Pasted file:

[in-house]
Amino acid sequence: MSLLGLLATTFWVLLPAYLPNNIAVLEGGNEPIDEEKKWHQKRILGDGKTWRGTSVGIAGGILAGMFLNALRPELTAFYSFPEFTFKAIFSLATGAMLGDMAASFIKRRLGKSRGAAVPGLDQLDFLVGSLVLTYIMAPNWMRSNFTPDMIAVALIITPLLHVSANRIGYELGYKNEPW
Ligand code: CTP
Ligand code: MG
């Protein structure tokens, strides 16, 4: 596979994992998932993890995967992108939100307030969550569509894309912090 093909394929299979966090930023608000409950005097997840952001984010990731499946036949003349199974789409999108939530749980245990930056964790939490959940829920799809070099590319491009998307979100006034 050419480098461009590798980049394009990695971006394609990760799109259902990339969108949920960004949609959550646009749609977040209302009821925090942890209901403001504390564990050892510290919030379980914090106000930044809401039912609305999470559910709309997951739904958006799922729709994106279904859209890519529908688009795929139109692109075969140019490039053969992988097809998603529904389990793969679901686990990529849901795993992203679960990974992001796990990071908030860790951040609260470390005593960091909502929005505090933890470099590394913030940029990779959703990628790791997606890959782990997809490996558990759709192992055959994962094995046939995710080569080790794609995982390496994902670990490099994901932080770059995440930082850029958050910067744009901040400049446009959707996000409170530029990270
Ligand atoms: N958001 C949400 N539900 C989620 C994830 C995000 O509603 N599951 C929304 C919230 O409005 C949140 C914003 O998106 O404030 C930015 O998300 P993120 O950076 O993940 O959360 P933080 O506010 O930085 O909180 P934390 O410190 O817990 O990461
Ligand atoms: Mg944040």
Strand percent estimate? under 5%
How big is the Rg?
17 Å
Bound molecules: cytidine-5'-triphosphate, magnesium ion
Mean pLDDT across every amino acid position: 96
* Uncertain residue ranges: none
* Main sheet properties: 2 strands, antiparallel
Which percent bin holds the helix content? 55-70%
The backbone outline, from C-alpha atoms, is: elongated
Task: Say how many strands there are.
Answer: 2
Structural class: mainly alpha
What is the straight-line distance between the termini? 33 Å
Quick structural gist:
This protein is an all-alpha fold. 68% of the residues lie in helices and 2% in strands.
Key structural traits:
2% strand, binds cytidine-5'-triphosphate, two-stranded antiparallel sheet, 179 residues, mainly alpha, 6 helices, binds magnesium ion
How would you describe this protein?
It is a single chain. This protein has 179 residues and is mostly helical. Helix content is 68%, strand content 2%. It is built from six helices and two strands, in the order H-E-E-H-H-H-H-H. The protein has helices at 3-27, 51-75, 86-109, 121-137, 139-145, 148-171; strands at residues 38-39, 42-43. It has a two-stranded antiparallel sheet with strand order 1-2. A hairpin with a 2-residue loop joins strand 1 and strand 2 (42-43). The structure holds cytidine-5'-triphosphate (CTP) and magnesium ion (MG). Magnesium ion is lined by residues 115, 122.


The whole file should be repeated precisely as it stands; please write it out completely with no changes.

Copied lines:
[in-house]
Amino acid sequence: MSLLGLLATTFWVLLPAYLPNNIAVLEGGNEPIDEEKKWHQKRILGDGKTWRGTSVGIAGGILAGMFLNALRPELTAFYSFPEFTFKAIFSLATGAMLGDMAASFIKRRLGKSRGAAVPGLDQLDFLVGSLVLTYIMAPNWMRSNFTPDMIAVALIITPLLHVSANRIGYELGYKNEPW
Ligand code: CTP
Ligand code: MG
């Protein structure tokens, strides 16, 4: 596979994992998932993890995967992108939100307030969550569509894309912090 093909394929299979966090930023608000409950005097997840952001984010990731499946036949003349199974789409999108939530749980245990930056964790939490959940829920799809070099590319491009998307979100006034 050419480098461009590798980049394009990695971006394609990760799109259902990339969108949920960004949609959550646009749609977040209302009821925090942890209901403001504390564990050892510290919030379980914090106000930044809401039912609305999470559910709309997951739904958006799922729709994106279904859209890519529908688009795929139109692109075969140019490039053969992988097809998603529904389990793969679901686990990529849901795993992203679960990974992001796990990071908030860790951040609260470390005593960091909502929005505090933890470099590394913030940029990779959703990628790791997606890959782990997809490996558990759709192992055959994962094995046939995710080569080790794609995982390496994902670990490099994901932080770059995440930082850029958050910067744009901040400049446009959707996000409170530029990270
Ligand atoms: N958001 C949400 N539900 C989620 C994830 C995000 O509603 N599951 C929304 C919230 O409005 C949140 C914003 O998106 O404030 C930015 O998300 P993120 O950076 O993940 O959360 P933080 O506010 O930085 O909180 P934390 O410190 O817990 O990461
Ligand atoms: Mg944040």
Strand percent estimate? under 5%
How big is the Rg?
17 Å
Bound molecules: cytidine-5'-triphosphate, magnesium ion
Mean pLDDT across every amino acid position: 96
* Uncertain residue ranges: none
* Main sheet properties: 2 strands, antiparallel
Which percent bin holds the helix content? 55-70%
The backbone outline, from C-alpha atoms, is: elongated
Task: Say how many strands there are.
Answer: 2
Structural class: mainly alpha
What is the straight-line distance between the termini? 33 Å
Quick structural gist:
This protein is an all-alpha fold. 68% of the residues lie in helices and 2% in strands.
Key structural traits:
2% strand, binds cytidine-5'-triphosphate, two-stranded antiparallel sheet, 179 residues, mainly alpha, 6 helices, binds magnesium ion
How would you describe this protein?
It is a single chain. This protein has 179 residues and is mostly helical. Helix content is 68%, strand content 2%. It is built from six helices and two strands, in the order H-E-E-H-H-H-H-H. The protein has helices at 3-27, 51-75, 86-109, 121-137, 139-145, 148-171; strands at residues 38-39, 42-43. It has a two-stranded antiparallel sheet with strand order 1-2. A hairpin with a 2-residue loop joins strand 1 and strand 2 (42-43). The structure holds cytidine-5'-triphosphate (CTP) and magnesium ion (MG). Magnesium ion is lined by residues 115, 122.